(NASDAQ: CYTR), a biopharmaceutical company specializing in oncology, announced that favorable data from its Phase 1b/2 clinical trial with its tumor-targeting doxorubicin conjugate aldoxorubicin (formerly INNO-206) in patients with advanced soft tissue sarcoma was presented today at the Sarcoma Poster-Discussion Session (Hall H) at the ESMO (European Society of Medical Oncology) 2012 Congress in Vienna, Austria. The presentation, entitled “INNO-206 (aldoxorubicin) Is An Active Drug For Relapsed Soft Tissue Sarcoma,” was given by renowned sarcoma expert Sant P. Chawla, M.D., Director of the Sarcoma Oncology Center in Santa Monica, CA.
The data from the aldoxorubicin Phase 1b/2 clinical trial showed clinical benefit (defined as partial response and stable disease of more than four months following up to eight cycles of treatment) with aldoxorubicin at the maximum tolerated dose in 10 of 13 (77%) evaluable patients with relapsed or refractory soft tissue sarcoma. The data from this clinical trial were first presented at the American Society of Clinical Oncology (ASCO) Conference on June 3, 2012.
“These clinical trial results with aldoxorubicin were introduced at ASCO, presented today at ESMO, and will be featured at the Connective Tissue Oncology Society (CTOS) Conference in Prague, Czech Republic, in November. We believe that the avid reception for presentation of the aldoxorubicin clinical data by leading oncology conferences is a testament to their importance and we are pleased that these clinical results are capturing the attention of the oncology community,” stated Steven A. Kriegsman, CytRx President and CEO.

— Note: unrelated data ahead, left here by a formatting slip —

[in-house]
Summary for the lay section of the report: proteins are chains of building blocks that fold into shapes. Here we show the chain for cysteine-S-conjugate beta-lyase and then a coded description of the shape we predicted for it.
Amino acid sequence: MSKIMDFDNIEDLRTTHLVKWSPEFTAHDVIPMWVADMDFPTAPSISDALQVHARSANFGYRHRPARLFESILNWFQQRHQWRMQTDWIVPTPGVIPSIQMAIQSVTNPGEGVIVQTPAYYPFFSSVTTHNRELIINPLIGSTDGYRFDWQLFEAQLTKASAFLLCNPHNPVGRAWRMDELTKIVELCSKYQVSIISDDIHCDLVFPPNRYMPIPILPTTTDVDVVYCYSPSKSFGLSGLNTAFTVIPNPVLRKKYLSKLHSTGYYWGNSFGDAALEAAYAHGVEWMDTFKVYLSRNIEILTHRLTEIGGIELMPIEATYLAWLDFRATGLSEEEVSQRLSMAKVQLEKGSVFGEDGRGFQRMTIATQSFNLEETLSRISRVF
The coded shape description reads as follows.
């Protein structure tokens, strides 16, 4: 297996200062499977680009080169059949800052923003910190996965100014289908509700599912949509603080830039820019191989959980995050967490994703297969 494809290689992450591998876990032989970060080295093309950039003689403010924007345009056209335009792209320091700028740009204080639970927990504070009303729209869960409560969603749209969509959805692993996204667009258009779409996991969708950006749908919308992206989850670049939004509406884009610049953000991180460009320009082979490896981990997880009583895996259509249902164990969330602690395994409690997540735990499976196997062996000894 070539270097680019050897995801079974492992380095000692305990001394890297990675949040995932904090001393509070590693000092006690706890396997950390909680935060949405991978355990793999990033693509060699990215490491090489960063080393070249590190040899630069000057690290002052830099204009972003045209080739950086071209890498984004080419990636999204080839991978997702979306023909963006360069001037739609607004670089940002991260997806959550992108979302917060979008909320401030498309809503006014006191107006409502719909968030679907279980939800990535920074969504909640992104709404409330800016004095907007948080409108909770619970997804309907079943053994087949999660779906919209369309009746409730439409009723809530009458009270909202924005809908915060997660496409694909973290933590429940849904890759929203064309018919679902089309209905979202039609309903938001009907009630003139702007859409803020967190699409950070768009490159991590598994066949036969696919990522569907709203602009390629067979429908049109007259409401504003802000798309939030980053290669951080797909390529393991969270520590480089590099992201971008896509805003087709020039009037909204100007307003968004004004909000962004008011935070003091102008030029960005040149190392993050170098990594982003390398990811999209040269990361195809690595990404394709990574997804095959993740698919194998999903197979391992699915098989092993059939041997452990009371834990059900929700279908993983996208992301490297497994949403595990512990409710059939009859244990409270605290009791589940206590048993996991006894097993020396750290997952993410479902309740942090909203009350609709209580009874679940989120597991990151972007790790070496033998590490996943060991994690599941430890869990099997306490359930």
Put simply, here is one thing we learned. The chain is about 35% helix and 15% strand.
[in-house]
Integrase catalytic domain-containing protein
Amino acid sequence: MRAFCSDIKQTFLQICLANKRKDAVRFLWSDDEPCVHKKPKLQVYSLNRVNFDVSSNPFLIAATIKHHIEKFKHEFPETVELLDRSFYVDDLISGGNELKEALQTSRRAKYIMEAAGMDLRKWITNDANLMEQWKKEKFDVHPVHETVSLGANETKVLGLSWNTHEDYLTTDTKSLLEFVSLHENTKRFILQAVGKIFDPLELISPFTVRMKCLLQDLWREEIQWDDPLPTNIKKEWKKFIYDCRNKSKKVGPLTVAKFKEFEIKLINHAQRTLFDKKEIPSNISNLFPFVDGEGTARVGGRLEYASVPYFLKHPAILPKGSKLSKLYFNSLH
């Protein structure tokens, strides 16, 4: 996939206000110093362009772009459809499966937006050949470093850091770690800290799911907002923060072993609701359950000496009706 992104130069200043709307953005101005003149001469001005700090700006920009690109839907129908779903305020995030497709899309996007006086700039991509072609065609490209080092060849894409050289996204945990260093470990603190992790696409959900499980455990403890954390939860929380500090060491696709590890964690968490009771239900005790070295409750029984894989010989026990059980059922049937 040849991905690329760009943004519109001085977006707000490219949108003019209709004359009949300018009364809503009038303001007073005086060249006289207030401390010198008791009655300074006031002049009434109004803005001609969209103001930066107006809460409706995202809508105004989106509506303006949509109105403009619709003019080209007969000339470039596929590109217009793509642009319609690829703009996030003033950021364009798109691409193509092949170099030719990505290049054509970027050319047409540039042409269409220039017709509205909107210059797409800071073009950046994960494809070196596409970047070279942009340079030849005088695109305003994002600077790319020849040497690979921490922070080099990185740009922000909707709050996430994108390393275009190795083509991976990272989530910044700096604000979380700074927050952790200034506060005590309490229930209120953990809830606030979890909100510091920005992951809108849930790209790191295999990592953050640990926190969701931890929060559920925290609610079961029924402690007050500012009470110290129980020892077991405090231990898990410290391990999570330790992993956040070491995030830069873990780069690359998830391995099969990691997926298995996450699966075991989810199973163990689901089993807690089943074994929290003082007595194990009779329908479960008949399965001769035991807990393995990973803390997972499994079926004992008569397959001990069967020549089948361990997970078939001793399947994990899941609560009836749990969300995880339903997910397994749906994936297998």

“Although the trial data are derived from a small patient group, the fact that clinical benefit was seen in 77% of these patients is noteworthy, particularly given the advanced stage of disease,” said the clinical trial’s principal investigator and renowned sarcoma expert Sant P. Chawla, M.D., F.R.A.C.P. “Further, of the eight evaluable patients who were previously treated with doxorubicin and had either not responded or relapsed, five showed clinical benefit with aldoxorubicin. Among these, three showed prolonged partial responses with greater than 30% tumor shrinkage.”